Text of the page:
Implementation Lessons

The hospital began its program very recently and has some advice for hospitals who are considering implementing RQI. It trained a team of “super-users” that receive additional training and act as additional resources and advocates. They are planning an even larger role for their super-users in the future and recommend that hospitals begin their communication process around this training early and plan for a lot of it. They also recommend promoting the use of super-users early in the process to share the responsibility for the rollout. The mobile nature of the cart and well-trained super-users combined with shorter training sessions for students has resulted in a more time-efficient means of administering CPR certifications with a broader range of support for students.

The Destination

While the hospital is still in the early stages of its journey, it has already seen benefits:

  • Improved staff confidence and skill in CPR
  • High levels of staff acceptance of the new training modality thanks to the feedback provided by the VAMs and the compelling data from the AHA
  • Improved ability to provide training across shifts and locations thanks to the mobile nature of the HeartCode RQI tools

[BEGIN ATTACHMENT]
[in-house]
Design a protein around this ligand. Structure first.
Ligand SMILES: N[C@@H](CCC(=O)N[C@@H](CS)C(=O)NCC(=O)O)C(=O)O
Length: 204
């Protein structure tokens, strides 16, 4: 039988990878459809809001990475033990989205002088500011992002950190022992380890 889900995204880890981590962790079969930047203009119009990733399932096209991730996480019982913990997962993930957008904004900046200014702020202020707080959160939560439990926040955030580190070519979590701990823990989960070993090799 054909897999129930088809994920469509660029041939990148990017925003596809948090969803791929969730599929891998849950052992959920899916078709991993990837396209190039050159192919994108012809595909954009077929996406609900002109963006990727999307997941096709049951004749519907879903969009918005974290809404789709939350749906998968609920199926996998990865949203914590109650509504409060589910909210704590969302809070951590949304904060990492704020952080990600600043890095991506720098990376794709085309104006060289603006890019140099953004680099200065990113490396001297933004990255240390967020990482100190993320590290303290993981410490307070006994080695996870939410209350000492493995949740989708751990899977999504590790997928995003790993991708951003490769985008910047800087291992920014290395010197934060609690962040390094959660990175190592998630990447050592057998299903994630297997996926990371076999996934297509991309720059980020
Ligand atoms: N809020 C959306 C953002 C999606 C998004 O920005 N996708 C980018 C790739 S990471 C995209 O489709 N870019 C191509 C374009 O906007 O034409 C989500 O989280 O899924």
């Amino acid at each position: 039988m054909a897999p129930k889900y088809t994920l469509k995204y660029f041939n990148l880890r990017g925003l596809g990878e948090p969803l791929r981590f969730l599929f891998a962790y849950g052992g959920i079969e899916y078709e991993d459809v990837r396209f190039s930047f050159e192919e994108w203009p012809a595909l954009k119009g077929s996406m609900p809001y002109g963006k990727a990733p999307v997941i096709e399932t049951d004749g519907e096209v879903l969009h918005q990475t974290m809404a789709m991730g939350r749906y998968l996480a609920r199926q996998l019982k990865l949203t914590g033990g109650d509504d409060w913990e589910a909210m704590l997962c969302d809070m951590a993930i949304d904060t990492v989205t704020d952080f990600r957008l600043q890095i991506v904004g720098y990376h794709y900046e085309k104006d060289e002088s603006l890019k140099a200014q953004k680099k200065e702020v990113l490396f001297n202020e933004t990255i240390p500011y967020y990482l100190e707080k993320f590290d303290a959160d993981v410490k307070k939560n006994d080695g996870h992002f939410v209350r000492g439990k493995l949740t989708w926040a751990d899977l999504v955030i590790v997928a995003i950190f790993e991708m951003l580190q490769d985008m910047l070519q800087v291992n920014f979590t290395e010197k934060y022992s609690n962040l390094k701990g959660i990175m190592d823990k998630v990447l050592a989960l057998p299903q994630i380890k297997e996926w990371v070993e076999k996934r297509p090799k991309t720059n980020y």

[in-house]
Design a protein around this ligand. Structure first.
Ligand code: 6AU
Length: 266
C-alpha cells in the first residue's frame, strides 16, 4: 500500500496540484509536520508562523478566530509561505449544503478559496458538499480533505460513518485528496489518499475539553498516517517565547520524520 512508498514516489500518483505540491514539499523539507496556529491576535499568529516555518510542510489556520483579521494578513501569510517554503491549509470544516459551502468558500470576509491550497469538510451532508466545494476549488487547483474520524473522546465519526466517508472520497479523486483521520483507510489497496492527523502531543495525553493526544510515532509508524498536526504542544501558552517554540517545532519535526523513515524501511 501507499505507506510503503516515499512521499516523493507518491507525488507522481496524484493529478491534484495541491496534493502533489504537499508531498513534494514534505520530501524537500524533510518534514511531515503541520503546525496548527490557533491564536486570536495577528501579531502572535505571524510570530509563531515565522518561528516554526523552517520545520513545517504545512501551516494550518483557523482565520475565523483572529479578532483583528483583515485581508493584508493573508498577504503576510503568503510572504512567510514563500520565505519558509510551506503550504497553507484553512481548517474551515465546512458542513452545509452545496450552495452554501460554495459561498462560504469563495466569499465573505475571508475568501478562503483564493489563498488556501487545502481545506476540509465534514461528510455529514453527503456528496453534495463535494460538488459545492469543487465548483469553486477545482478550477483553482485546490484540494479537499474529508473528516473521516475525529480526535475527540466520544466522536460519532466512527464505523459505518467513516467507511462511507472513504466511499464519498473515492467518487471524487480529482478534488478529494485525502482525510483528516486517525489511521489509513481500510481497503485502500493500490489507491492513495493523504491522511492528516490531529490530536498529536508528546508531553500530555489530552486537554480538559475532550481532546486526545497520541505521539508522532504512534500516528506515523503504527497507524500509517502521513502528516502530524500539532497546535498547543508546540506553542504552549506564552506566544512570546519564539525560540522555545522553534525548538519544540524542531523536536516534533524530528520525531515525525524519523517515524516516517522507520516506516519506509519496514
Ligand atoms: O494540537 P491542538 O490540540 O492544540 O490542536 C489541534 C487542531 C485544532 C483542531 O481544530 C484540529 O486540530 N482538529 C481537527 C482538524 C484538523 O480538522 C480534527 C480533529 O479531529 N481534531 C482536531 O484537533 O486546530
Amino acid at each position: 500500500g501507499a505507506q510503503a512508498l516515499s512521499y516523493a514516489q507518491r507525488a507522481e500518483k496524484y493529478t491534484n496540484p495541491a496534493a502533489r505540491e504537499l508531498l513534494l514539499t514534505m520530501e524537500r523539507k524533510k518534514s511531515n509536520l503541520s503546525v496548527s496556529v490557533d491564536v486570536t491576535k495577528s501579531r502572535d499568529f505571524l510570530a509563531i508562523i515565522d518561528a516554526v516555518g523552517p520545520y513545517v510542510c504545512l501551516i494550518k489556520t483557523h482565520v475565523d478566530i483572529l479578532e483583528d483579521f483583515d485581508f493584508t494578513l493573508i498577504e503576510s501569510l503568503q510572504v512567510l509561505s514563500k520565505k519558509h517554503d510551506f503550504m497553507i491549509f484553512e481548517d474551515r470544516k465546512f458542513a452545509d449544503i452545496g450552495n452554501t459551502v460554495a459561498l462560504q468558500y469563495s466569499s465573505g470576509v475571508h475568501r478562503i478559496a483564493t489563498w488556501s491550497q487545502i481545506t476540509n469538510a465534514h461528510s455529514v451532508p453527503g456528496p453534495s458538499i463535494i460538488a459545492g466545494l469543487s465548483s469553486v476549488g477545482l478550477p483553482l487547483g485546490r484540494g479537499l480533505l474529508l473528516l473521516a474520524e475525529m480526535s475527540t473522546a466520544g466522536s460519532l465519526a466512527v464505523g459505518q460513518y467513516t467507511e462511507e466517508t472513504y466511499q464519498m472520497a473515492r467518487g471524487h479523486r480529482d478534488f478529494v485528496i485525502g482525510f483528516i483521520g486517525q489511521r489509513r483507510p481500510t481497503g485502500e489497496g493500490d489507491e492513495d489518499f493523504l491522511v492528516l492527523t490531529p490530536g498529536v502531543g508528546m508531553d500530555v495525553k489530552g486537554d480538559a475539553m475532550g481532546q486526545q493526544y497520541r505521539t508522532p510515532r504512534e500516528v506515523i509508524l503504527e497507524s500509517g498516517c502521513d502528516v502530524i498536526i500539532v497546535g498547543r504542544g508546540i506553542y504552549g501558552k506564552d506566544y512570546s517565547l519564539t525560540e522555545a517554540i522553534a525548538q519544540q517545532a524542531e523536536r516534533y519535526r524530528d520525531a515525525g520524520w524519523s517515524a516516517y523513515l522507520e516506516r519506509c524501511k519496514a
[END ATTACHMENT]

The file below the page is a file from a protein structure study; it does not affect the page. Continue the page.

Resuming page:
• Skilled teams of unit-based super-users to provide additional training resources to staff


Lastly, RQI may also have some non-clinical benefits. Consumers want to know that their local hospital is providing great care based on the state-of-the-art in medicine. IVCH included information on their RQI program in HealthScene, the hospital’s community newsletter and also supplied articles on the topic to the local newspaper. In addition, Ms. Rebholz shared that “RQI makes it easier to recruit the best staff because they understand the importance of embracing best practices. It means a lot to the community too because they understand that this improves care–we are the only ones doing this in our marketplace. It makes us stand out.”

This article is taken from our recent complimentary RQI-focused eBook, Improving Outcomes Through Low Dose, High Frequency CPR Training. Download the eBook here.